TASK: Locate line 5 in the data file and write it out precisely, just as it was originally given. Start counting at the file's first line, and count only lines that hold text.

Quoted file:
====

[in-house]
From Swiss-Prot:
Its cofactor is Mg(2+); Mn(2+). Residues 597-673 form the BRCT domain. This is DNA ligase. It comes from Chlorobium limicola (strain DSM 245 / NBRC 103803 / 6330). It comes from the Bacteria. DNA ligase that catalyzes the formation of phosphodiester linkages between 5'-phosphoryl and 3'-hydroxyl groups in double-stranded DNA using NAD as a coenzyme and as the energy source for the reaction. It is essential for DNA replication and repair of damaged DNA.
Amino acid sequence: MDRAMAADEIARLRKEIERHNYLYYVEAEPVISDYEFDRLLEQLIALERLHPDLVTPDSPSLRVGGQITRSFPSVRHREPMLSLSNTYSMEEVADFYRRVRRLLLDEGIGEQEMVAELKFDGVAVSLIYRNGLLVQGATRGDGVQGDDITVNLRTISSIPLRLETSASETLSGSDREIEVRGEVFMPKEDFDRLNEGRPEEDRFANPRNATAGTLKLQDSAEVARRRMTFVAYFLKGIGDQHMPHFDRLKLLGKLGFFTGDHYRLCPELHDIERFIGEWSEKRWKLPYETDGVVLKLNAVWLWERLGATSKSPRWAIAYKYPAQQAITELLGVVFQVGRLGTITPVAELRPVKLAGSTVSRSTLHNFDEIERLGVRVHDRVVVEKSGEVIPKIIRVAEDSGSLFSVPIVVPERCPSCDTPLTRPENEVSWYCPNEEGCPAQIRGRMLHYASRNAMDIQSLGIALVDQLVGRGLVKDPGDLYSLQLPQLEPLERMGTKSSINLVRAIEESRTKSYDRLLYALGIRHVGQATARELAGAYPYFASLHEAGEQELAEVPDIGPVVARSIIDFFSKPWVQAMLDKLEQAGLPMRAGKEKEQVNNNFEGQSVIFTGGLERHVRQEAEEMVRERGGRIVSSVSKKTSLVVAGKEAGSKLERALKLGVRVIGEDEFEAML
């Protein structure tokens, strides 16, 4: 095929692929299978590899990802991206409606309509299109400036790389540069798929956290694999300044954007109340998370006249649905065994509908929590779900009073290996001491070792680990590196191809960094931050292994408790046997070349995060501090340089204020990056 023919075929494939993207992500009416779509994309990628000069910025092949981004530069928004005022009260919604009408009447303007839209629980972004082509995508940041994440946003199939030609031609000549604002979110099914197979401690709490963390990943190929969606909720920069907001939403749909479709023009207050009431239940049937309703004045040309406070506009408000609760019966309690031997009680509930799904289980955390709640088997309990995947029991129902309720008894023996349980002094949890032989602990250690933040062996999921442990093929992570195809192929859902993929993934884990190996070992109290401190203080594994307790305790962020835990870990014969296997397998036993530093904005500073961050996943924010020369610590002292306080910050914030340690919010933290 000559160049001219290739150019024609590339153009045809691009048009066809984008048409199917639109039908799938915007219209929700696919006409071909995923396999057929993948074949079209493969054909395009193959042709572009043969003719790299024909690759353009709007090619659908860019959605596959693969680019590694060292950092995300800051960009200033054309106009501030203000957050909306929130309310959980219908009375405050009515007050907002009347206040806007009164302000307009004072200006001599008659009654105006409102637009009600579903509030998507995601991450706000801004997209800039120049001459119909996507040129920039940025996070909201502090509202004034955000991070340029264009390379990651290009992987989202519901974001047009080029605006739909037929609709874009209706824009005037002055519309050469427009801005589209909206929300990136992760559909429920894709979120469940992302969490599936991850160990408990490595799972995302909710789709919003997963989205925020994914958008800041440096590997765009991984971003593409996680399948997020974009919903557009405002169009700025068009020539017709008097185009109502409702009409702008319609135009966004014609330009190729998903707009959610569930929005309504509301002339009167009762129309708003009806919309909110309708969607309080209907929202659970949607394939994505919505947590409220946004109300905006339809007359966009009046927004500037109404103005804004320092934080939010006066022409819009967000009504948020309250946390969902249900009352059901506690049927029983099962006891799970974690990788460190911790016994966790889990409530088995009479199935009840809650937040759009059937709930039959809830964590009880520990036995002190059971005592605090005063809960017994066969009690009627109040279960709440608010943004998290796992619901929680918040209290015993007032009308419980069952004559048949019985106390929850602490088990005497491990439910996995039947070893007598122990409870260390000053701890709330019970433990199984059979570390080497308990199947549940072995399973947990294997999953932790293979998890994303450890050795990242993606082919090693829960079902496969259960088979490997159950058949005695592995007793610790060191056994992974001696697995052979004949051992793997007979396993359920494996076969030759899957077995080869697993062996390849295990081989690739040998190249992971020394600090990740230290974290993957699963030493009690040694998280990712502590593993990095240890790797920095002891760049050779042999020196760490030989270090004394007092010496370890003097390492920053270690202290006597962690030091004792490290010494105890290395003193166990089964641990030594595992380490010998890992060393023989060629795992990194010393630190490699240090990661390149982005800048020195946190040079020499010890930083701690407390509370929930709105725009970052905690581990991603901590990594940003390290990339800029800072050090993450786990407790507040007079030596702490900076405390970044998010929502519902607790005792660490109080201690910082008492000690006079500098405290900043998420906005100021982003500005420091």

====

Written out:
């Protein structure tokens, strides 16, 4: 095929692929299978590899990802991206409606309509299109400036790389540069798929956290694999300044954007109340998370006249649905065994509908929590779900009073290996001491070792680990590196191809960094931050292994408790046997070349995060501090340089204020990056 023919075929494939993207992500009416779509994309990628000069910025092949981004530069928004005022009260919604009408009447303007839209629980972004082509995508940041994440946003199939030609031609000549604002979110099914197979401690709490963390990943190929969606909720920069907001939403749909479709023009207050009431239940049937309703004045040309406070506009408000609760019966309690031997009680509930799904289980955390709640088997309990995947029991129902309720008894023996349980002094949890032989602990250690933040062996999921442990093929992570195809192929859902993929993934884990190996070992109290401190203080594994307790305790962020835990870990014969296997397998036993530093904005500073961050996943924010020369610590002292306080910050914030340690919010933290 000559160049001219290739150019024609590339153009045809691009048009066809984008048409199917639109039908799938915007219209929700696919006409071909995923396999057929993948074949079209493969054909395009193959042709572009043969003719790299024909690759353009709007090619659908860019959605596959693969680019590694060292950092995300800051960009200033054309106009501030203000957050909306929130309310959980219908009375405050009515007050907002009347206040806007009164302000307009004072200006001599008659009654105006409102637009009600579903509030998507995601991450706000801004997209800039120049001459119909996507040129920039940025996070909201502090509202004034955000991070340029264009390379990651290009992987989202519901974001047009080029605006739909037929609709874009209706824009005037002055519309050469427009801005589209909206929300990136992760559909429920894709979120469940992302969490599936991850160990408990490595799972995302909710789709919003997963989205925020994914958008800041440096590997765009991984971003593409996680399948997020974009919903557009405002169009700025068009020539017709008097185009109502409702009409702008319609135009966004014609330009190729998903707009959610569930929005309504509301002339009167009762129309708003009806919309909110309708969607309080209907929202659970949607394939994505919505947590409220946004109300905006339809007359966009009046927004500037109404103005804004320092934080939010006066022409819009967000009504948020309250946390969902249900009352059901506690049927029983099962006891799970974690990788460190911790016994966790889990409530088995009479199935009840809650937040759009059937709930039959809830964590009880520990036995002190059971005592605090005063809960017994066969009690009627109040279960709440608010943004998290796992619901929680918040209290015993007032009308419980069952004559048949019985106390929850602490088990005497491990439910996995039947070893007598122990409870260390000053701890709330019970433990199984059979570390080497308990199947549940072995399973947990294997999953932790293979998890994303450890050795990242993606082919090693829960079902496969259960088979490997159950058949005695592995007793610790060191056994992974001696697995052979004949051992793997007979396993359920494996076969030759899957077995080869697993062996390849295990081989690739040998190249992971020394600090990740230290974290993957699963030493009690040694998280990712502590593993990095240890790797920095002891760049050779042999020196760490030989270090004394007092010496370890003097390492920053270690202290006597962690030091004792490290010494105890290395003193166990089964641990030594595992380490010998890992060393023989060629795992990194010393630190490699240090990661390149982005800048020195946190040079020499010890930083701690407390509370929930709105725009970052905690581990991603901590990594940003390290990339800029800072050090993450786990407790507040007079030596702490900076405390970044998010929502519902607790005792660490109080201690910082008492000690006079500098405290900043998420906005100021982003500005420091």